Rhynchophorus phoenicis
Curculionidae - Rhynchophorus phoenicis.jpg
Museum specimen of Rhynchophorus phoenicis
Scientific classification edit
Kingdom: Animalia
Phylum: Arthropoda
Class: Insecta
Order: Coleoptera
Family: Curculionidae
Genus: Rhynchophorus
R. phoenicis
Binomial name
Rhynchophorus phoenicis
(Fabricius, 1801)

Rhynchophorus phoenicis, common name African Palm Weevil, is a species of beetles belonging to the family Curculionidae.



Rhynchophorus phoenicis can reach a body length of about 25 mm. These large beetles are considered a serious pest in palm plantations, particularly damaging young palms, mainly Cocos nucifera, Metroxylon sagu, Raphia species, Elaeis guineensis and Phoenix dactylifera.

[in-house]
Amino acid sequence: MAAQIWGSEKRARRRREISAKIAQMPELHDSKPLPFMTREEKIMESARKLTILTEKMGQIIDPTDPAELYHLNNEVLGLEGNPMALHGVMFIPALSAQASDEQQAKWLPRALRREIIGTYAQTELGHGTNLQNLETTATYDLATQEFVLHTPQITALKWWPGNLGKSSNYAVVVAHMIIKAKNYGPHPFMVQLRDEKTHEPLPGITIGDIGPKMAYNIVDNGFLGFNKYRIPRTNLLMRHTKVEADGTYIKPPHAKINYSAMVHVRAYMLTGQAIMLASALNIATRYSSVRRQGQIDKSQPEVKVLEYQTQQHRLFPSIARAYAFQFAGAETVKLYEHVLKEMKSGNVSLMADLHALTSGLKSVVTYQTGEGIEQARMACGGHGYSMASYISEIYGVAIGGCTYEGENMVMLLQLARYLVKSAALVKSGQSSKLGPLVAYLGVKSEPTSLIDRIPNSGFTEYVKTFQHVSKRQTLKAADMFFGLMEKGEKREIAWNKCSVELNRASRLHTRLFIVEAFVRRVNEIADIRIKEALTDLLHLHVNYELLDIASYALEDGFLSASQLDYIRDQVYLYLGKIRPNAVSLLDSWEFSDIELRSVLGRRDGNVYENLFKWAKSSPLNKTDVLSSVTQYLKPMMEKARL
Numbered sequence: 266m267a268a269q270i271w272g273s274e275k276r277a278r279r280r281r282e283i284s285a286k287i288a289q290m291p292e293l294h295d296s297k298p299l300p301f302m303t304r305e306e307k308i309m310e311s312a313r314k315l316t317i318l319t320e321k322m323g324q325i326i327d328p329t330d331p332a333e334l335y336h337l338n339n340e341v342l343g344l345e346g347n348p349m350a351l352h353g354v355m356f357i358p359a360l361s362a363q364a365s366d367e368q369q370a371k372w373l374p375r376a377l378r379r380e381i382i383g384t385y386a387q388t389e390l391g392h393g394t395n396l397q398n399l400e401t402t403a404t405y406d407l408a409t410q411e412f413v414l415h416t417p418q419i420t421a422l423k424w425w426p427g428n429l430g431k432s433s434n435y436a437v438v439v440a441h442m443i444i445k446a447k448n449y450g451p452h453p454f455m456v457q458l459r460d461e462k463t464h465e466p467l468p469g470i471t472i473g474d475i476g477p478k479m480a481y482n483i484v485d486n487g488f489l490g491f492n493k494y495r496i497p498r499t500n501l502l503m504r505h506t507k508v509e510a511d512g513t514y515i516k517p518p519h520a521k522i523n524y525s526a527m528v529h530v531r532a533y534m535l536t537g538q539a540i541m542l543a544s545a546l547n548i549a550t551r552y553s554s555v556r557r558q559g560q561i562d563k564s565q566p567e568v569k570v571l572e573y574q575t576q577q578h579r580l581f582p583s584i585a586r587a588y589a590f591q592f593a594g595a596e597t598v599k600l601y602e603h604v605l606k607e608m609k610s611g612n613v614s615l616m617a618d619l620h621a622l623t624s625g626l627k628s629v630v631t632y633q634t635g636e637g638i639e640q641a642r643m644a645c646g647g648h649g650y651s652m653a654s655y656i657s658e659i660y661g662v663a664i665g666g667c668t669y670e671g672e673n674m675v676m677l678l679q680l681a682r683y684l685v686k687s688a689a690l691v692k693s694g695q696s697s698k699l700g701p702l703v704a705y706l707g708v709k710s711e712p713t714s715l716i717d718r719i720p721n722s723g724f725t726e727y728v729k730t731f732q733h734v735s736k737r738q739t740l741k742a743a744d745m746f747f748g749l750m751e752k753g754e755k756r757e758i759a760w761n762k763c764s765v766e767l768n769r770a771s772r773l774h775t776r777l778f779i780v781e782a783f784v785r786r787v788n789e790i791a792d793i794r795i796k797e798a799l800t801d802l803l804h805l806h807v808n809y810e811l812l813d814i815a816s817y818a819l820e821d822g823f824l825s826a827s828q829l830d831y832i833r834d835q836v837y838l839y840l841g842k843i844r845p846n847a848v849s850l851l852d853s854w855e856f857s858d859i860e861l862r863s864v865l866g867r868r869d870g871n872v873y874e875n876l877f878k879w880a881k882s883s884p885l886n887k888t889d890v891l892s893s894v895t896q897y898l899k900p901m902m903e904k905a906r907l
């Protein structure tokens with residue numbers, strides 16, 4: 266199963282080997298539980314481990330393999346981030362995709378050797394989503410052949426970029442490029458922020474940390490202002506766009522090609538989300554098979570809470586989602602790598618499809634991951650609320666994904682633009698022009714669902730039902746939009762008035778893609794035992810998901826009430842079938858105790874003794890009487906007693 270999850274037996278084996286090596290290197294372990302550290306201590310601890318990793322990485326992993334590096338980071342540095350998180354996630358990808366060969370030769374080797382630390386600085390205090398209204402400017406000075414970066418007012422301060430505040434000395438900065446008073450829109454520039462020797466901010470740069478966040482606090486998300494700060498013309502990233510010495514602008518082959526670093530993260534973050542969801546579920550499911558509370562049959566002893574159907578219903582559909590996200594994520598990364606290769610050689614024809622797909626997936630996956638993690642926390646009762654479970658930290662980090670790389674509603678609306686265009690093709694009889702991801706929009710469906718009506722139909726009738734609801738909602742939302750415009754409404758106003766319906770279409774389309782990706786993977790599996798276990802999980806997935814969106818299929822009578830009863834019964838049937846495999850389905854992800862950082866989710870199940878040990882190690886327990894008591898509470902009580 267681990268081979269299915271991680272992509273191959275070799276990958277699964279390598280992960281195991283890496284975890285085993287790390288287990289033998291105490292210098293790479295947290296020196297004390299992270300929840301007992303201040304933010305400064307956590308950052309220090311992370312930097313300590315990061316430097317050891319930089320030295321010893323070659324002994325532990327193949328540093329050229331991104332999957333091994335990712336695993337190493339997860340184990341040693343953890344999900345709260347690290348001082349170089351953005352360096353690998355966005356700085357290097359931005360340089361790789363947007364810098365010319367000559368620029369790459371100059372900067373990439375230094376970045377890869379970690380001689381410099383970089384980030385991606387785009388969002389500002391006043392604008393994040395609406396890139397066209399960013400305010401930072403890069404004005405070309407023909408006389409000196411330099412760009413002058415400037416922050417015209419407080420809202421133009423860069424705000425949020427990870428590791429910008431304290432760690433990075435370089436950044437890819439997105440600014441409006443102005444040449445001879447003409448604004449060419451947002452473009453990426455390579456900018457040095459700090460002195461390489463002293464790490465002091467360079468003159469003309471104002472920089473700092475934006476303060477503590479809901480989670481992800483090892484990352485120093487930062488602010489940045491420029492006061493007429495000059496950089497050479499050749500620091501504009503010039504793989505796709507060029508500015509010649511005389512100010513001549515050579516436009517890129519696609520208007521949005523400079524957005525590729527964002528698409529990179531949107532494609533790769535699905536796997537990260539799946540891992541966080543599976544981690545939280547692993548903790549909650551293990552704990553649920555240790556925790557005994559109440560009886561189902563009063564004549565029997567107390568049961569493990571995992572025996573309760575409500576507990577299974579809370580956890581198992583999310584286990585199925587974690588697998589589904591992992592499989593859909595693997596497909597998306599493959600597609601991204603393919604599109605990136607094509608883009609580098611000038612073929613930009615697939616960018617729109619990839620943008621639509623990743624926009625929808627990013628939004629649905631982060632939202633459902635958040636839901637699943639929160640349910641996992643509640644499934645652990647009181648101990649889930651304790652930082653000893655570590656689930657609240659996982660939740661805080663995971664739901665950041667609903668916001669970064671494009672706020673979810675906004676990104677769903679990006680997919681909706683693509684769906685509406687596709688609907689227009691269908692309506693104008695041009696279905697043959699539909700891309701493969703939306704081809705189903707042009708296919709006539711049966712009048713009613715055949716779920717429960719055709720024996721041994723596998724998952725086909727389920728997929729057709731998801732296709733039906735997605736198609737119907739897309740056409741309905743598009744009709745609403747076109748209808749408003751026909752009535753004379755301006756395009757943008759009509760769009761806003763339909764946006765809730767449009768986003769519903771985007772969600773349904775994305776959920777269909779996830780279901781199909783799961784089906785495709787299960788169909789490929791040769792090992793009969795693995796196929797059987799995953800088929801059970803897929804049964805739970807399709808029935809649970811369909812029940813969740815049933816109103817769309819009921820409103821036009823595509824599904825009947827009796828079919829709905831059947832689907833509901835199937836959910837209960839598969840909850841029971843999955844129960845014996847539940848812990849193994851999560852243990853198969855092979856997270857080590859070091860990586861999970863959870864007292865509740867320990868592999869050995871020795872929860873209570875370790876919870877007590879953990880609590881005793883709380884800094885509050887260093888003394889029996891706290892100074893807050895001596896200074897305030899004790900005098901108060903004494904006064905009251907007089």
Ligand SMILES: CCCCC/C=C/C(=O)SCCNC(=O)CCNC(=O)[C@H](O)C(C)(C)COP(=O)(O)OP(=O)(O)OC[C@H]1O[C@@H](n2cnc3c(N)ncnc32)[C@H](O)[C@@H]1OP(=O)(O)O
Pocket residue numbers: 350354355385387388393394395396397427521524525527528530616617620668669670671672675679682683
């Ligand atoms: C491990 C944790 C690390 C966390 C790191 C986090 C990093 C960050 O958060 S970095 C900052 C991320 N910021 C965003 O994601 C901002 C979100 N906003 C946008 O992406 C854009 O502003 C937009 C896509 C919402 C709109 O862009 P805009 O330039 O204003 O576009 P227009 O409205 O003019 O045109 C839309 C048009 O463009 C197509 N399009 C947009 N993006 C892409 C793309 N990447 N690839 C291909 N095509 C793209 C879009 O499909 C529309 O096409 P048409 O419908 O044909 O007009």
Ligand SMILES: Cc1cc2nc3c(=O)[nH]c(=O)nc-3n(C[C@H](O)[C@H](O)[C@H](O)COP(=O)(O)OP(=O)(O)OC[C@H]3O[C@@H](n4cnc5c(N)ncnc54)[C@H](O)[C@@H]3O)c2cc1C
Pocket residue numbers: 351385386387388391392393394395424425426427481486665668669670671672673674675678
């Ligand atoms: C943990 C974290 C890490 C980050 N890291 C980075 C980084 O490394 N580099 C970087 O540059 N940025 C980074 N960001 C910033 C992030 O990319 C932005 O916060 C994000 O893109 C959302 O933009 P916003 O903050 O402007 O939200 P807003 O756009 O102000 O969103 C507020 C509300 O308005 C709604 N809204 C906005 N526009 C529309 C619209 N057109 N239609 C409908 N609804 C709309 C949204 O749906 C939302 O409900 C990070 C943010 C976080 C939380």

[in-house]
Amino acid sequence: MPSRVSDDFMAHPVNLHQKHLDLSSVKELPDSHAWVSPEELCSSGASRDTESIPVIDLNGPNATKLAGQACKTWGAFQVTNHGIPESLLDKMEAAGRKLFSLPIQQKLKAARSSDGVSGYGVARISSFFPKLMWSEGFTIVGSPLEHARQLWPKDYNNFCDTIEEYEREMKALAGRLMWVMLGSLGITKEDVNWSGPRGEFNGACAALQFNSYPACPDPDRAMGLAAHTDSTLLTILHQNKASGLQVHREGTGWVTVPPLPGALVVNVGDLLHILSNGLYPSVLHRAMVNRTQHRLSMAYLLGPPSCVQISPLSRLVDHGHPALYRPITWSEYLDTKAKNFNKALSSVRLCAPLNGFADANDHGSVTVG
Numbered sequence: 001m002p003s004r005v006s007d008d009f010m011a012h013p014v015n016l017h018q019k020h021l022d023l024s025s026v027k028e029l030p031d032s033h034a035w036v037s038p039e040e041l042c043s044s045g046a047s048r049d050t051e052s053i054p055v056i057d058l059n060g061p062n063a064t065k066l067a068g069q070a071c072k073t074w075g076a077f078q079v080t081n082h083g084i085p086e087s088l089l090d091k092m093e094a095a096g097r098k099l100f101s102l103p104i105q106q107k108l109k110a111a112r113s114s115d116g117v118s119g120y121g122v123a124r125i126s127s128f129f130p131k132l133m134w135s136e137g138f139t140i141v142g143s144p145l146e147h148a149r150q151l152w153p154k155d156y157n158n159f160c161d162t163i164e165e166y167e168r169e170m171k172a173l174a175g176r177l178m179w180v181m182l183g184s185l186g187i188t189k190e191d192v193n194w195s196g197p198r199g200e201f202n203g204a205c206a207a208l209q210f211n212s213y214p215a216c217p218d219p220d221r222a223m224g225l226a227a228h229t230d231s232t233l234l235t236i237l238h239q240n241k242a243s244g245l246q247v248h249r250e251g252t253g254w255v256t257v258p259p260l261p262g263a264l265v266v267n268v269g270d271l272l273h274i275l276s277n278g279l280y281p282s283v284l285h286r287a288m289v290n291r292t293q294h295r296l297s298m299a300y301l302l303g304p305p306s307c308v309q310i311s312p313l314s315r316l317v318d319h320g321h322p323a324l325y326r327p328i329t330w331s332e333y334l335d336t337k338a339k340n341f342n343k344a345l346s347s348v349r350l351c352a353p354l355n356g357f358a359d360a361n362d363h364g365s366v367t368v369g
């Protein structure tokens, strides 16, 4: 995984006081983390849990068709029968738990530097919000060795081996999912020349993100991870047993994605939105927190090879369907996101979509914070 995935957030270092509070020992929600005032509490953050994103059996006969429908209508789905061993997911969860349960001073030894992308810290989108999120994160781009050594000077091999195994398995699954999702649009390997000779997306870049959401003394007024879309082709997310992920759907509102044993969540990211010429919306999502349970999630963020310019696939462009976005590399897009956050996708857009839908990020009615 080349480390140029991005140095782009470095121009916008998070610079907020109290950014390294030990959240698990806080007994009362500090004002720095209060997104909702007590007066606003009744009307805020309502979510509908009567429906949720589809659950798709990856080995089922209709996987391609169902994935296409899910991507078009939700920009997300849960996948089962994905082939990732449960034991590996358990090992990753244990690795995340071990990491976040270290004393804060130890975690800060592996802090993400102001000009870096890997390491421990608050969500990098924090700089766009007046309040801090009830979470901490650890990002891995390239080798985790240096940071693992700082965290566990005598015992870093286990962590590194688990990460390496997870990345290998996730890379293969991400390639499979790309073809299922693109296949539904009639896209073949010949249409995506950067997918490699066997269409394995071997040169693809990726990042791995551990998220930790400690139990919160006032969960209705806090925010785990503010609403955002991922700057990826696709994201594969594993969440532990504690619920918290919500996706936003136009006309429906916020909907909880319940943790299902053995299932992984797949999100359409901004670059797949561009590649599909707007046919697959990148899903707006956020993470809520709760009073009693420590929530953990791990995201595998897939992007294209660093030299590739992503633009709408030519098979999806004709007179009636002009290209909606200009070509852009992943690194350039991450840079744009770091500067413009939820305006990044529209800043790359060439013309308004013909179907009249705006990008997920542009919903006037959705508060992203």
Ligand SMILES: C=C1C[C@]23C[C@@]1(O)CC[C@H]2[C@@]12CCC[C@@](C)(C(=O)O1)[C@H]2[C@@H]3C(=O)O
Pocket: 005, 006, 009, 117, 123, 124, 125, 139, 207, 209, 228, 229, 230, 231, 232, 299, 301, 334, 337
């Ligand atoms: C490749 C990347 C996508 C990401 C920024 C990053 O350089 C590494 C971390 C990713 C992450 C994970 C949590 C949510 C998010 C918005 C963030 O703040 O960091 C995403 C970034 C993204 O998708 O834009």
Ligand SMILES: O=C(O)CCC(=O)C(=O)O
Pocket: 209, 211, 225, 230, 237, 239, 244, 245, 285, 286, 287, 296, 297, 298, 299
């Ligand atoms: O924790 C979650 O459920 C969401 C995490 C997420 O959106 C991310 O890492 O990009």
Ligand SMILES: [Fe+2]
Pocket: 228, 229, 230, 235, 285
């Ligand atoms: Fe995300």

The life cycle of the African Palm Weevil is similar to that of other Rhynchophorus species. The adults lay eggs in wounds in the stems of dying or damaged parts of palms. After hatching, the weevil larvae excavate tunnels in the trunk and feed on the shoot and young leaves, frequently leading to the death the host plants. The larvae of this palm weevil are edible.


This species is widespread throughout tropical and equatorial Africa, from Senegal to Ethiopia, Nigeria and South Africa.